February 28, 2022
From a Passion to Reduce Marine Plastic Waste was Born an Innovative Packaging Technology
—Striving to Contribute to the Realization of a Sustainable Society through the Development of Temperature Controllers—
Marine plastic waste is a universal problem globally. About half of plastics that enter oceans are packaging materials such as containers and wrapping. In a bid to reduce such environmental impact, manufacturers from around the world are desperately seeking ways to switch their plastic packaging materials to eco-friendly alternatives. The tricky part with this is that, because finer temperature control is required when applying heat to seal packages of new materials, the temperature often gets too high with conventional techniques, creating holes in the packaging materials, which results in a high percentage of defects. With the determination to solve the social issue of marine plastic waste, OMRON embarked on the challenging task of developing innovative temperature controllers that would significantly reduce packaging defects.
Mission: Reducing Plastic Packaging Materials, Which Add to the Problem of Marine Plastic Waste
Plastic bottles and containers washed up on the beach, plastic bags drifting in the ocean... The massive amount of marine plastic waste has become a serious problem all over the world. Over eight million tons of plastic waste enters the ocean every year. If no action is taken, some sources estimate that by 2025, the cummulative amount of plastics dumped in oceans will be approximately one billilion tons, outweighing all the fish in seas. Plastic waste in oceans has a multitude of harmful effects on the marine environment, including its ecosystem. It not only harms and destroys marine organisms but also pollutes the seas and eventually threatens human health and lives.
To address these concerns, efforts are underway across the globe to reduce the use of plastics. In the industrial sector, many companies are trying to swtich from plastic materials to paper materials, thinner plastics, or biodegradable plastics (ones that dissolve in the natural environment) for their containers and packaging materials. Yet the switch to eco-friendly packaging materials is not as easy as it may seem. This is because of the difference in thermal reactivity between new packaging materials and conventional plastic ones. Usually, when you package products, you apply heat to adhere packaging materials to seal packages. The problem here is that paper packaging materials do not conduct heat well, and thin-walled plastics and biodegradable plastics have such low thermal tolerance that they do not glue well, shrink by heat causing wrinkling, or get scorched or melt, with the result that you have unacceptable amounts of defective packages with conventional packaging machines once you switch to eco-friendly materials. This has deterred many companies from changing their packaging materials.
This paradoxical impasse came to the attention of Miho Nishide, who was developing temperature controllers at the product planning team of the Components Division, Product Business Division HQ. OMRON has a history of more than 50 years of developing and manufacturing temperature controllers for a wide array of industries and is among the largest players in the global market. Out of the sincere wish to address the social issues caused by marine plastic waste by leveraging OMRON's technology to expedite the introduction of eco-friendly packaging materials, she launched her attempt to develop new temperature controllers.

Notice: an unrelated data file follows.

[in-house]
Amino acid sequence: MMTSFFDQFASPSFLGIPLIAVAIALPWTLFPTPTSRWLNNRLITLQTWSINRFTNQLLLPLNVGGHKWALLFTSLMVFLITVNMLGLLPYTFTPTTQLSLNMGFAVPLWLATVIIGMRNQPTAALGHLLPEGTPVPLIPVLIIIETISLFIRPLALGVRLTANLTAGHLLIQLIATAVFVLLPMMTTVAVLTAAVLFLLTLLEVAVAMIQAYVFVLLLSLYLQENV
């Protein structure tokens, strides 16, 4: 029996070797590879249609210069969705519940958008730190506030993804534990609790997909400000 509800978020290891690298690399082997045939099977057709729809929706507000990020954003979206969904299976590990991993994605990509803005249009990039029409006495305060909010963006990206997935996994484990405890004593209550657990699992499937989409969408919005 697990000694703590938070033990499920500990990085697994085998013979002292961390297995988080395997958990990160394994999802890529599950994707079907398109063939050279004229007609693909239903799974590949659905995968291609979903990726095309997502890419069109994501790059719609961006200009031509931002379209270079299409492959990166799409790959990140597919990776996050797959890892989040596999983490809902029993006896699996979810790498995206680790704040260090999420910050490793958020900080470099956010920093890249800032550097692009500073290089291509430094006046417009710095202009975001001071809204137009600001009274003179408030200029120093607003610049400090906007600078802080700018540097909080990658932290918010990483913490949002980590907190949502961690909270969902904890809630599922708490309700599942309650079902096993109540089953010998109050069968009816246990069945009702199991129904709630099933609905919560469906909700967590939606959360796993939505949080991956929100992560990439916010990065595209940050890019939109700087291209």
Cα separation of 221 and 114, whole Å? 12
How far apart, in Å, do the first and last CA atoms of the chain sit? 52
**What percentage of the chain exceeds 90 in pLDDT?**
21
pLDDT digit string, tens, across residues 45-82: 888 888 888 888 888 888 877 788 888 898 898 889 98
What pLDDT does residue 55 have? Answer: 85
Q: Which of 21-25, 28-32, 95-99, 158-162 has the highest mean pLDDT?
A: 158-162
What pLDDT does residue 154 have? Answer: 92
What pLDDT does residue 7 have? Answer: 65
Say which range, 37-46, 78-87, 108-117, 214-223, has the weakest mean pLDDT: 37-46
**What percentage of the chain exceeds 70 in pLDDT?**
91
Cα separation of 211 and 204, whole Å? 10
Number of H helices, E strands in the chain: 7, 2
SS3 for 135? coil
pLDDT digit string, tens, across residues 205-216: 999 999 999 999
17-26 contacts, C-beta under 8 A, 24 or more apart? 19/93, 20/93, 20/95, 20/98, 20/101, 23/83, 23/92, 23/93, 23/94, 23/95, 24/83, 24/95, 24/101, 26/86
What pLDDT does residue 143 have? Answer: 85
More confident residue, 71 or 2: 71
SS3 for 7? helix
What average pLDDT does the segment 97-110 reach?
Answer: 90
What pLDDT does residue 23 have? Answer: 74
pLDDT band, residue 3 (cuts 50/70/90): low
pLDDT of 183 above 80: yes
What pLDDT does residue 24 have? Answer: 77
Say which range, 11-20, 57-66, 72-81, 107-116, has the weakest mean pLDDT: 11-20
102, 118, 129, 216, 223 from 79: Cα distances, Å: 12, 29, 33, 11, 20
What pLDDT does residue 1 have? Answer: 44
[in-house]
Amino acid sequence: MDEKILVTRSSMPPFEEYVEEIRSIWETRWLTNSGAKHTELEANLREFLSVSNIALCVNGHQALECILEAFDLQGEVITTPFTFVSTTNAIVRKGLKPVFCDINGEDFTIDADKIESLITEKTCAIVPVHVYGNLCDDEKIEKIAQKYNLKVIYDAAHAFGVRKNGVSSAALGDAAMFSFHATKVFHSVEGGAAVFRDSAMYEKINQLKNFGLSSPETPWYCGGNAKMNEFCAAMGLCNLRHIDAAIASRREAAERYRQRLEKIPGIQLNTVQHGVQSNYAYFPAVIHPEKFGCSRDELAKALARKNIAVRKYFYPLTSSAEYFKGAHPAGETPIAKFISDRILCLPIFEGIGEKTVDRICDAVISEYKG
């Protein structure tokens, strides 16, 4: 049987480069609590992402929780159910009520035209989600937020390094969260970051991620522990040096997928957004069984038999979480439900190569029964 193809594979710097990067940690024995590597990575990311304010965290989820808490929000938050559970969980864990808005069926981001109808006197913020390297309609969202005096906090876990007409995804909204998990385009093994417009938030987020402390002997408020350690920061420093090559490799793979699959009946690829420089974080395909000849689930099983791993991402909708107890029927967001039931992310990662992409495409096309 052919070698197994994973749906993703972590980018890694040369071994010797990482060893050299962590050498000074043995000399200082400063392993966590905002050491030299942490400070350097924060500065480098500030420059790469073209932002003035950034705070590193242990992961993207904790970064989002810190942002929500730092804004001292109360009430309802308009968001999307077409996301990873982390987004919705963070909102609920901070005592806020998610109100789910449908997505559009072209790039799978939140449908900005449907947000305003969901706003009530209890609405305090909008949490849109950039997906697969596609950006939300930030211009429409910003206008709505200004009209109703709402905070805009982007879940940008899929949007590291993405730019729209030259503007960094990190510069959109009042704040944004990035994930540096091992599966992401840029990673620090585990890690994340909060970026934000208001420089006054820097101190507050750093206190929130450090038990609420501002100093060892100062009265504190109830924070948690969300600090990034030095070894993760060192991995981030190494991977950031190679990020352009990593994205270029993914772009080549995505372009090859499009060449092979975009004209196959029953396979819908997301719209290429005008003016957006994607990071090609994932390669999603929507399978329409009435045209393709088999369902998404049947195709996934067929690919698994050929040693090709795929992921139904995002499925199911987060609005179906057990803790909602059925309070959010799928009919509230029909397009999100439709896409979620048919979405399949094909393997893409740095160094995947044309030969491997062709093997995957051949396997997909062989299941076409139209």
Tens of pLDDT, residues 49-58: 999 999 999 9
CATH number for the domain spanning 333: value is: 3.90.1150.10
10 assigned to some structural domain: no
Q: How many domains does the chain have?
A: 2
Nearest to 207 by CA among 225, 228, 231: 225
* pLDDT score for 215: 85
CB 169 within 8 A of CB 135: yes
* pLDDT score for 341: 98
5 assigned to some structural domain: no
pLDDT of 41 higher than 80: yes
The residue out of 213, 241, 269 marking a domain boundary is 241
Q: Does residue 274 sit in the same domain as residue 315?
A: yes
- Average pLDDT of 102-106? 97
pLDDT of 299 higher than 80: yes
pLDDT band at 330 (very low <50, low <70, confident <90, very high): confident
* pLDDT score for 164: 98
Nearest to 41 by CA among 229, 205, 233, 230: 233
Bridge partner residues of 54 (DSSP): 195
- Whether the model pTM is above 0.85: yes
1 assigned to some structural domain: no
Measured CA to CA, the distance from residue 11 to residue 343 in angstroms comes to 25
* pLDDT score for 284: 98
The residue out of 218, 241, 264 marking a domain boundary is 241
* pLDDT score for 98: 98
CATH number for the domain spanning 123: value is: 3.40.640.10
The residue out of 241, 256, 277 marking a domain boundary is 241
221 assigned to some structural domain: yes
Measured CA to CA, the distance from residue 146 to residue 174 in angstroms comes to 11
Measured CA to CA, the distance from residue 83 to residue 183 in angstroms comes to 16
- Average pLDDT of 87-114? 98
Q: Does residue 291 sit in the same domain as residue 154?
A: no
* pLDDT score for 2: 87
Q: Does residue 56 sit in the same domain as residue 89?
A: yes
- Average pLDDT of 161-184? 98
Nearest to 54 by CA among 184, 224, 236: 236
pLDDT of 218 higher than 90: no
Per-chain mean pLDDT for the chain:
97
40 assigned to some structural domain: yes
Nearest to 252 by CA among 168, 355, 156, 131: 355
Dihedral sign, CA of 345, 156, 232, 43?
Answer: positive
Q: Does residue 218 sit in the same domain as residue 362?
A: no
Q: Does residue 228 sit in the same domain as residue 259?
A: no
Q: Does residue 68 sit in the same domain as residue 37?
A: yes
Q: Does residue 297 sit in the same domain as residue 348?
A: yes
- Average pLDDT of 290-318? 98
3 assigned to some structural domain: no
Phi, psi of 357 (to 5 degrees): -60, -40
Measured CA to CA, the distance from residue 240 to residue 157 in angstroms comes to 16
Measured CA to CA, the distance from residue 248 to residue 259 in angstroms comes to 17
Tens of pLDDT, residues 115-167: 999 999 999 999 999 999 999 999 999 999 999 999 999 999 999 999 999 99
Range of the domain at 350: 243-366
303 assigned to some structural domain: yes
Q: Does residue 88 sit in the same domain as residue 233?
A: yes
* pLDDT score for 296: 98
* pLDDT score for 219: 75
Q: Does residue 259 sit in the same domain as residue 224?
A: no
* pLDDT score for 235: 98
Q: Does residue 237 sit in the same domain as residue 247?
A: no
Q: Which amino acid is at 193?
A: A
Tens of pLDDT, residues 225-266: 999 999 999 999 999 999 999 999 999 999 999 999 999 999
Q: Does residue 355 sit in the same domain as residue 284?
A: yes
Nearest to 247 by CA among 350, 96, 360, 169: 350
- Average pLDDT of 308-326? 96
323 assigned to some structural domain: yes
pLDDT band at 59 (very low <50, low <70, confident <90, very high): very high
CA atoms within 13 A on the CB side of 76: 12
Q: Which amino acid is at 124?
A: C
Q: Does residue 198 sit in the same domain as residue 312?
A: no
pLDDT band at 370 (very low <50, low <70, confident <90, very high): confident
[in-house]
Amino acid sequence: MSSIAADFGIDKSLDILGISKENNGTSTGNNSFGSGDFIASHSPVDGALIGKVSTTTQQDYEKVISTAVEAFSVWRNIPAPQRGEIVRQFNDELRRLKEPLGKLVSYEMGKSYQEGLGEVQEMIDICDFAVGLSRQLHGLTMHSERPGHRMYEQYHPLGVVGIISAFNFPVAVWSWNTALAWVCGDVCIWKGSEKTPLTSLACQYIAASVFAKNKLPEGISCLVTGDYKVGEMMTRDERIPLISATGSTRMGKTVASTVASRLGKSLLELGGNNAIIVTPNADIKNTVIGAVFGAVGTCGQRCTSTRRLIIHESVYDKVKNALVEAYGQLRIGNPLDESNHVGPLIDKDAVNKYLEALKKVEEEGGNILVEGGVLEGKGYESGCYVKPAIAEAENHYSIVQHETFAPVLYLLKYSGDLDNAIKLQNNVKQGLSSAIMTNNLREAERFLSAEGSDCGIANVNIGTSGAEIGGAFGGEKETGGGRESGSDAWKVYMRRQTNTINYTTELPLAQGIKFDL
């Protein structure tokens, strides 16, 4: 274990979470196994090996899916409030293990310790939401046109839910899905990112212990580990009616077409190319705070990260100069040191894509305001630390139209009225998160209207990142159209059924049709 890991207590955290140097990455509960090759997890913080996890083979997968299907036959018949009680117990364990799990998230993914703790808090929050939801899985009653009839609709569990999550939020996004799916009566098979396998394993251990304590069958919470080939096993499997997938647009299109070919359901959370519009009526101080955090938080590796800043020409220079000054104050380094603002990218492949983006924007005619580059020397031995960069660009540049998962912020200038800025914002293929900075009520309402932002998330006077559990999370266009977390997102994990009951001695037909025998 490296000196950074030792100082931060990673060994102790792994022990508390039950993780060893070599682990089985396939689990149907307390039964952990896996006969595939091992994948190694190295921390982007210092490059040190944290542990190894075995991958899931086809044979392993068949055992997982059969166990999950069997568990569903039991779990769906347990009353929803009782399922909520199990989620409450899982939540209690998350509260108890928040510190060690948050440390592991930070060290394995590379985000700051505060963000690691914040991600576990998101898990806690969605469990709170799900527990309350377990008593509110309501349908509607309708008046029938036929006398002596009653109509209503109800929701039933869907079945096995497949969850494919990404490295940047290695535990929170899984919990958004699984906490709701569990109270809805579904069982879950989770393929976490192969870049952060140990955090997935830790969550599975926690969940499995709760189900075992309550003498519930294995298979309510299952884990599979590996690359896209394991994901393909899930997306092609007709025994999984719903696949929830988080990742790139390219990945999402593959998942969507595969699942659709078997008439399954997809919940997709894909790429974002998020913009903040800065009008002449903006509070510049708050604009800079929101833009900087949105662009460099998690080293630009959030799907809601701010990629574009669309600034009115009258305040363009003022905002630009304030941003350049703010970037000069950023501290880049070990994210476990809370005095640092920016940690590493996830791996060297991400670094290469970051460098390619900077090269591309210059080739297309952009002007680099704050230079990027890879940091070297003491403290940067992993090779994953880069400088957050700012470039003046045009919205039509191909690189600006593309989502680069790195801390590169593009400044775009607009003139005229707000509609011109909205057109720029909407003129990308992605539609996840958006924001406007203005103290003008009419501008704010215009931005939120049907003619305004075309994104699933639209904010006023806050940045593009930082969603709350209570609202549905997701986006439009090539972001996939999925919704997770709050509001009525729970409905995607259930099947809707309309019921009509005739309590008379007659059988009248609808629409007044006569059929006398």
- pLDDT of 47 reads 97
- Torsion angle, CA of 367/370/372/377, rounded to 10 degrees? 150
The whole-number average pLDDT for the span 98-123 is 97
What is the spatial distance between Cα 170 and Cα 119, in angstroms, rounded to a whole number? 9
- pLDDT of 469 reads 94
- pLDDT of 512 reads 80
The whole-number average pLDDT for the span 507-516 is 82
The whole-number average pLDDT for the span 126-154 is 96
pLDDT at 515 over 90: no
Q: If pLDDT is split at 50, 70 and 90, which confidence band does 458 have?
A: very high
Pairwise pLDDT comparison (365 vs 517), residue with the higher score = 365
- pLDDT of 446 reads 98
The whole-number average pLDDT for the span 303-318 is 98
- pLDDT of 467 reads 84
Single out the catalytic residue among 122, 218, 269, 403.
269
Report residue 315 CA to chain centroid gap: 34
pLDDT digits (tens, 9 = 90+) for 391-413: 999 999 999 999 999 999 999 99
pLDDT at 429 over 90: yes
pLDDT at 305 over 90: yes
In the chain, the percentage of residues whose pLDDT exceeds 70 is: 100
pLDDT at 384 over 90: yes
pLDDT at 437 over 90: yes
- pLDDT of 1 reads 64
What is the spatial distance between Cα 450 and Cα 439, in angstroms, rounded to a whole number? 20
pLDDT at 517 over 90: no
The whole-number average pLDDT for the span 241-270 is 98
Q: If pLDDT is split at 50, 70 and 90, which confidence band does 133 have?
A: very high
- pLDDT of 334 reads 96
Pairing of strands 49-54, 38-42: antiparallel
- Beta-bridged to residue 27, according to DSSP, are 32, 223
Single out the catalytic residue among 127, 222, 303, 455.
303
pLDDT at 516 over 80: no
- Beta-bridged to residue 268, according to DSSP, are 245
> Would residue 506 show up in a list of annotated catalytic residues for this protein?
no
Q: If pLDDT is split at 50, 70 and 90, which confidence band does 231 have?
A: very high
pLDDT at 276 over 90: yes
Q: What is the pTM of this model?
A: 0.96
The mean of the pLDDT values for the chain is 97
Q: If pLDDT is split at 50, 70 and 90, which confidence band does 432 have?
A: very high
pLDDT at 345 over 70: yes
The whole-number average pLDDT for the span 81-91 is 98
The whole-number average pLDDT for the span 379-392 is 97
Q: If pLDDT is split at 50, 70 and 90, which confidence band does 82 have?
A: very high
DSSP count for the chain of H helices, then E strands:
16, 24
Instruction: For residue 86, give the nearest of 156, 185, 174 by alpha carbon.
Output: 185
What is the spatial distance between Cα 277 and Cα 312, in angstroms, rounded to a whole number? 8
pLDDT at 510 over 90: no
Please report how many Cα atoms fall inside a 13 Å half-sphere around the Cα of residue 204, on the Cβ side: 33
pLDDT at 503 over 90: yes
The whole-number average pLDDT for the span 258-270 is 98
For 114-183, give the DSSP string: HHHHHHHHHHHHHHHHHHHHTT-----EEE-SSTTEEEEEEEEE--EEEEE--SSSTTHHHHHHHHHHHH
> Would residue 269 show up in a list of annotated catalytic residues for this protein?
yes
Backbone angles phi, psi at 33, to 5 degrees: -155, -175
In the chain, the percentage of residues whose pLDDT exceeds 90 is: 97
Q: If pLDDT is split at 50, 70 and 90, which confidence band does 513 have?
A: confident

Taking on the Development of a Temperature Controller that Eliminates Packaging Defects
With common automatic packaging machines, once the package is filled with products, it is sealed at the mouth by metal bars heated to a high temperature ("sealing bars"). What is important here is to keep the proper temperature on the surfaces of sealing bars. If the temperature is even marginally lower or higher, you will get packaging defects. "Our goal was to reduce the temperature fluctuation on the sealing surfaces during the packaging process to one-tenth that of conventional machines," recalls Nishide. Soon she would realize that it was an unexpectedly daunting challenge even with OMRON's 50-plus years of experience and cutting-edge temperature control technology.
How can a packaging defect occur when the temperature is set right? At first, members of her team didn't even understand its mechanism. "Can we really solve this with OMRON's technology?" "Given the sheer variety of materials, thickness, and the number of layers, there would be tens of thousands of types of packaging materials, and it's simply impossible to support all of them..." Members' unease grew more pronounced day by day. Yet, they didn't back down but chose to keep going. What provided this forward drive? "We didn't start this project because we wanted to enhance the performance or specs of temperature controllers. Rather, we had an overriding goal of solving the social issue caused by marine plastic waste as a way to contribute to the global community. We knew that no one else could offer solutions to this universal issue, and that helped us to overcome the many emotional conflicts that we encountered," answers Nishide.